The notion of the sacred or the numinous as a category for understanding religion was substantially launched by Rudolf Otto (1869-1937) in his classic Idea of the Holy (Das Heilige) in 1917. Otto, indeed, coined the term 'numinous,' which has now become part of common usage. Otto's influence on thought about religion extends from C.G. Jung (1875-1861) to the 'Chicago School' of history of religion founded by Mircea Eliade (1907-1986). On the other hand, Otto's influence on the philosophy of religion has been less strong, perhaps because he was professionally more of a theologian (not rigorous enough for philosophers) and is too easily misunderstood and dismissed as describing some kind of mysticism. Even in the history of religion, Otto's own analysis often does not persuade because of his clear preferences for Christianity and his devaluation of religions that do not measure up to Christian paradigms.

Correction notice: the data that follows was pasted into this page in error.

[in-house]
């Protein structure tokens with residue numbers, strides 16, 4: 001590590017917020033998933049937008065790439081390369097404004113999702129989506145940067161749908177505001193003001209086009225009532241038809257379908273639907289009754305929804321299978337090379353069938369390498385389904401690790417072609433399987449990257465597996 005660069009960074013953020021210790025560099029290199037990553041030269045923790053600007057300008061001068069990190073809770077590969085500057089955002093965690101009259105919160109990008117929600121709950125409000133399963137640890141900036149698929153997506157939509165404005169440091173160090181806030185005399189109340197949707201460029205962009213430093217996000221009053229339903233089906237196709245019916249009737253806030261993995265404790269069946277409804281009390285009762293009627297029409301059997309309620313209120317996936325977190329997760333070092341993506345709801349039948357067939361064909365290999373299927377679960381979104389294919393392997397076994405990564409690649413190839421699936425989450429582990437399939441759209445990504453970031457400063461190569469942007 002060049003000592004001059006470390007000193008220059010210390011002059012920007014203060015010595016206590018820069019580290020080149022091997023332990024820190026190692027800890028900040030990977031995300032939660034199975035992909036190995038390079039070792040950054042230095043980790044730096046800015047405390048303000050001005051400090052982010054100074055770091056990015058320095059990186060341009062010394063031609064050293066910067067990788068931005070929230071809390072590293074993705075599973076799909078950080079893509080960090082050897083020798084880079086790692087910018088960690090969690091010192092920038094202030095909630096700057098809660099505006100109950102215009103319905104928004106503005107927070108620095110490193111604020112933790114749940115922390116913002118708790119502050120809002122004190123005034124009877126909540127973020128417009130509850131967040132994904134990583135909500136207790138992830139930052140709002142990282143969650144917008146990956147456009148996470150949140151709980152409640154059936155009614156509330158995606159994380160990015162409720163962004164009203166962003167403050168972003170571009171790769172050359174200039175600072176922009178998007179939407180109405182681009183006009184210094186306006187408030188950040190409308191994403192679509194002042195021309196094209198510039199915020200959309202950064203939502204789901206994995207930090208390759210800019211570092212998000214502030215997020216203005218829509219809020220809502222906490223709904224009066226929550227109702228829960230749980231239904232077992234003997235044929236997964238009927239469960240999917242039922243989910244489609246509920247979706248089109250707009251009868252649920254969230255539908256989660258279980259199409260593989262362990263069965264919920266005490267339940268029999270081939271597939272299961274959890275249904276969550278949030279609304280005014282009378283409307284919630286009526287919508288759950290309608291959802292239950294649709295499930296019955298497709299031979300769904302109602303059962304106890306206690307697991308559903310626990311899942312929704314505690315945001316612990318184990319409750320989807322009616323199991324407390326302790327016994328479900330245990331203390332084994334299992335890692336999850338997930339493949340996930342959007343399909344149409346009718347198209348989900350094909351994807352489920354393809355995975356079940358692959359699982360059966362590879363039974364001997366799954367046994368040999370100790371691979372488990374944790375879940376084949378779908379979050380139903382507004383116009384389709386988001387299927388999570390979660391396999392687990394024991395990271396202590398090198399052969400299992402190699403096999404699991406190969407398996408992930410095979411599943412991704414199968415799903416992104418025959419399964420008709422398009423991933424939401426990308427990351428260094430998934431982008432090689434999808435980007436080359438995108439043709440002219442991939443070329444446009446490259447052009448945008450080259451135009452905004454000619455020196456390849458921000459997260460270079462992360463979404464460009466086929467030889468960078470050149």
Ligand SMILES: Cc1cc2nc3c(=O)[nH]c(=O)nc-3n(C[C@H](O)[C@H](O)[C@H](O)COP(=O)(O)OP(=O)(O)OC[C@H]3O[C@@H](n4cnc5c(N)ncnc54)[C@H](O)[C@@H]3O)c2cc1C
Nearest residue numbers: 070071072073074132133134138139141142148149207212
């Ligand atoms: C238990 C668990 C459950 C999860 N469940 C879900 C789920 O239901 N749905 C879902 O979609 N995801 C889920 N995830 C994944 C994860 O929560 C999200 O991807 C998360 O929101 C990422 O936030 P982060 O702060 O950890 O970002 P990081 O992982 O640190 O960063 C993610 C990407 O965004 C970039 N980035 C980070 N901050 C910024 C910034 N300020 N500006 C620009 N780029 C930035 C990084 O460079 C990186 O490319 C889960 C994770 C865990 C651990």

The history of Rudolf Otto's theory of the sacred begins, however, more than a century earlier, with the great philosopher Immanuel Kant (1724-1804). Otto's own confidence in his ability to talk about God has its origin in Kant's own theory about the basis of the concept of God in human reason. In the Critique of Pure Reason (1781) Kant had reworked the traditional distinction between the immanent (within the world) and the transcendent (outside the world) by distinguishing between phenomena and things-in-themselves. 'Phenomena' are how it is that objects appear in our own conscious minds. We do not have access to the world outside of the experiences we enjoy through our own consciousness, and Kant believed that consciousness itself, or the possibility of conscious experience, imposes certain conditions on the manner in which phenomenal objects appear to us. Among those conditions are the forms of space and time and the abstract forms of connections between events and objects such as the concept of substance and the relation between cause and effect. David Hume (1711-1776) had challenged philosophers to show why it is that we believe in principles such as the one that every event must have a cause. Kant's answer, then, was that the mind itself constructs a phenomenal reality according to just such a rule.